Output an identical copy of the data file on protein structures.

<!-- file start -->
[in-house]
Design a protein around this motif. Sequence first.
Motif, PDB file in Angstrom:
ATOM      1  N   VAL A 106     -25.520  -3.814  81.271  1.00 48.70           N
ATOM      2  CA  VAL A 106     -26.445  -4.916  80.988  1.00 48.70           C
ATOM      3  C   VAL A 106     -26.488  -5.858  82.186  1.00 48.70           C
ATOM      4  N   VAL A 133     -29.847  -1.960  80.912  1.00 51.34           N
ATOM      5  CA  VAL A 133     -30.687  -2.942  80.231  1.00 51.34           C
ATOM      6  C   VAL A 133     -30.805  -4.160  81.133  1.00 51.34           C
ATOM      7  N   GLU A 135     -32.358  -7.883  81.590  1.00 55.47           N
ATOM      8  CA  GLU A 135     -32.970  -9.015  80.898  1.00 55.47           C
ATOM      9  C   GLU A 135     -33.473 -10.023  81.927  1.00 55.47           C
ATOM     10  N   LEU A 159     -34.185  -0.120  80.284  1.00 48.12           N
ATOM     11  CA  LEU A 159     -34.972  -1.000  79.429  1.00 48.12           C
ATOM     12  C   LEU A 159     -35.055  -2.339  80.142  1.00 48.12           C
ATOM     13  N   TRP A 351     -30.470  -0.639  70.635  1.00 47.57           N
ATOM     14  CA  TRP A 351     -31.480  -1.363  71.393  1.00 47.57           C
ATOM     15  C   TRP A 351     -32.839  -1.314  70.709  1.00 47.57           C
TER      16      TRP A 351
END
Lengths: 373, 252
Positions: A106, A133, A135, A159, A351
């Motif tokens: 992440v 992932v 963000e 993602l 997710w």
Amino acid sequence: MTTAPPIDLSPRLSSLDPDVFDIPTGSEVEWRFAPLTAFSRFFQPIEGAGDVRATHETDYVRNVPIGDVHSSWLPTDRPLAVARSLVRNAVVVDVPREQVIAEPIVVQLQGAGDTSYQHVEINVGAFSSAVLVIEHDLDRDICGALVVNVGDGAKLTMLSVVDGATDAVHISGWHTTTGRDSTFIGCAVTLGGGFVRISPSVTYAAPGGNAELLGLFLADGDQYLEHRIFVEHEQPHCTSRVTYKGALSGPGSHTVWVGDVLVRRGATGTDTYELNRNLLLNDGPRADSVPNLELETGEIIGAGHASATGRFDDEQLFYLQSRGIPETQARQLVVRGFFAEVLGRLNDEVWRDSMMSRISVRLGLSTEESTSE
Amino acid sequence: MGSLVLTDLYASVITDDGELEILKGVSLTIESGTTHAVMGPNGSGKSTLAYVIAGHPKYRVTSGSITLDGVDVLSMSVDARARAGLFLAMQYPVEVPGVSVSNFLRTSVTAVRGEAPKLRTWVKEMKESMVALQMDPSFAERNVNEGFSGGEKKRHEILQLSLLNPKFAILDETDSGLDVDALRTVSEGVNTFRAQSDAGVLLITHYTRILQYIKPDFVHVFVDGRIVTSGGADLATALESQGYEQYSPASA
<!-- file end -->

[in-house]
Design a protein around this motif. Sequence first.
Motif, PDB file in Angstrom:
ATOM      1  N   VAL A 106     -25.520  -3.814  81.271  1.00 48.70           N
ATOM      2  CA  VAL A 106     -26.445  -4.916  80.988  1.00 48.70           C
ATOM      3  C   VAL A 106     -26.488  -5.858  82.186  1.00 48.70           C
ATOM      4  N   VAL A 133     -29.847  -1.960  80.912  1.00 51.34           N
ATOM      5  CA  VAL A 133     -30.687  -2.942  80.231  1.00 51.34           C
ATOM      6  C   VAL A 133     -30.805  -4.160  81.133  1.00 51.34           C
ATOM      7  N   GLU A 135     -32.358  -7.883  81.590  1.00 55.47           N
ATOM      8  CA  GLU A 135     -32.970  -9.015  80.898  1.00 55.47           C
ATOM      9  C   GLU A 135     -33.473 -10.023  81.927  1.00 55.47           C
ATOM     10  N   LEU A 159     -34.185  -0.120  80.284  1.00 48.12           N
ATOM     11  CA  LEU A 159     -34.972  -1.000  79.429  1.00 48.12           C
ATOM     12  C   LEU A 159     -35.055  -2.339  80.142  1.00 48.12           C
ATOM     13  N   TRP A 351     -30.470  -0.639  70.635  1.00 47.57           N
ATOM     14  CA  TRP A 351     -31.480  -1.363  71.393  1.00 47.57           C
ATOM     15  C   TRP A 351     -32.839  -1.314  70.709  1.00 47.57           C
TER      16      TRP A 351
END
Lengths: 373, 252
Positions: A106, A133, A135, A159, A351
């Motif tokens: 992440v 992932v 963000e 993602l 997710w």
Amino acid sequence: MTTAPPIDLSPRLSSLDPDVFDIPTGSEVEWRFAPLTAFSRFFQPIEGAGDVRATHETDYVRNVPIGDVHSSWLPTDRPLAVARSLVRNAVVVDVPREQVIAEPIVVQLQGAGDTSYQHVEINVGAFSSAVLVIEHDLDRDICGALVVNVGDGAKLTMLSVVDGATDAVHISGWHTTTGRDSTFIGCAVTLGGGFVRISPSVTYAAPGGNAELLGLFLADGDQYLEHRIFVEHEQPHCTSRVTYKGALSGPGSHTVWVGDVLVRRGATGTDTYELNRNLLLNDGPRADSVPNLELETGEIIGAGHASATGRFDDEQLFYLQSRGIPETQARQLVVRGFFAEVLGRLNDEVWRDSMMSRISVRLGLSTEESTSE
Amino acid sequence: MGSLVLTDLYASVITDDGELEILKGVSLTIESGTTHAVMGPNGSGKSTLAYVIAGHPKYRVTSGSITLDGVDVLSMSVDARARAGLFLAMQYPVEVPGVSVSNFLRTSVTAVRGEAPKLRTWVKEMKESMVALQMDPSFAERNVNEGFSGGEKKRHEILQLSLLNPKFAILDETDSGLDVDALRTVSEGVNTFRAQSDAGVLLITHYTRILQYIKPDFVHVFVDGRIVTSGGADLATALESQGYEQYSPASA